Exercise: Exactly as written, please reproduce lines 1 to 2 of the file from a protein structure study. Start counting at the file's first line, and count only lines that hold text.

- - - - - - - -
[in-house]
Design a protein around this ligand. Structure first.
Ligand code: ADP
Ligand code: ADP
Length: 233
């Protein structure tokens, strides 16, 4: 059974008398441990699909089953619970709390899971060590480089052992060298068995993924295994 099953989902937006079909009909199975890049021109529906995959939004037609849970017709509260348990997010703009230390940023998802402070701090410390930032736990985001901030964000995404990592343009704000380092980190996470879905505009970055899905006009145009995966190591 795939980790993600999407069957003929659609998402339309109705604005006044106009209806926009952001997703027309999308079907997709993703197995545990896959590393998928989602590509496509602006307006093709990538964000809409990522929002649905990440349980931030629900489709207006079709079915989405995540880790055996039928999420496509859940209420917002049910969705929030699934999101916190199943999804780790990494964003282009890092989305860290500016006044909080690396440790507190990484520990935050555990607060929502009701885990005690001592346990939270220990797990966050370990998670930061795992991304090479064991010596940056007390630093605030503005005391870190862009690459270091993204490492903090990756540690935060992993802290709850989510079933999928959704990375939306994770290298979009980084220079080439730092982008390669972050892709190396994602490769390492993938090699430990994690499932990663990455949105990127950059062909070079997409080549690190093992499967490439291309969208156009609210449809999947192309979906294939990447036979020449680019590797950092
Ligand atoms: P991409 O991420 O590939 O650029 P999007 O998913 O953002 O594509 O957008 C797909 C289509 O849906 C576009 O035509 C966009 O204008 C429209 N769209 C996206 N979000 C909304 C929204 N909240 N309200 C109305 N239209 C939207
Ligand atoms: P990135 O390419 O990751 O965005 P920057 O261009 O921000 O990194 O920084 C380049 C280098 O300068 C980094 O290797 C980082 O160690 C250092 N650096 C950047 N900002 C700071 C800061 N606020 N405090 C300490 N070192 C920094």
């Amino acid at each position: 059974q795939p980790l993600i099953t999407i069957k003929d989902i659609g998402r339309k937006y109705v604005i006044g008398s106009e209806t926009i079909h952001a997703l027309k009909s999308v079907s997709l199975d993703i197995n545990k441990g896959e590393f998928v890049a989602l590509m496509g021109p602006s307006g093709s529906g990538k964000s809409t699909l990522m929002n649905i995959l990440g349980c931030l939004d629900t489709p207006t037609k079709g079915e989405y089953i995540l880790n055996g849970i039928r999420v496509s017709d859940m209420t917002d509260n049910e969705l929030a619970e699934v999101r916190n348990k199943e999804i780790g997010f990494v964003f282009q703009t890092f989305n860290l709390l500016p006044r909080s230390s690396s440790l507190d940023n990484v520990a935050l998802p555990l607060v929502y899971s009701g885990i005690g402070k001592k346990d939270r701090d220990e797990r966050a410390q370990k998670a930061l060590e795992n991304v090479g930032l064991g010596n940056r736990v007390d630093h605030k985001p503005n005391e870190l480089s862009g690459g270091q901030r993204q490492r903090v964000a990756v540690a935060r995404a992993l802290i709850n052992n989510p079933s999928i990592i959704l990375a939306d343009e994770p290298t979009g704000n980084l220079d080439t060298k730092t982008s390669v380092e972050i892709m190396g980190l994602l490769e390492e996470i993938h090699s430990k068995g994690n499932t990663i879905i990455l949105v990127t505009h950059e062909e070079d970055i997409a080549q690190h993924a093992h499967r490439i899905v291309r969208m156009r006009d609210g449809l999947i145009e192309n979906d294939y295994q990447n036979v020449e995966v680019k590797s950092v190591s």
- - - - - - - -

[in-house]
Design a protein around this ligand. Structure first.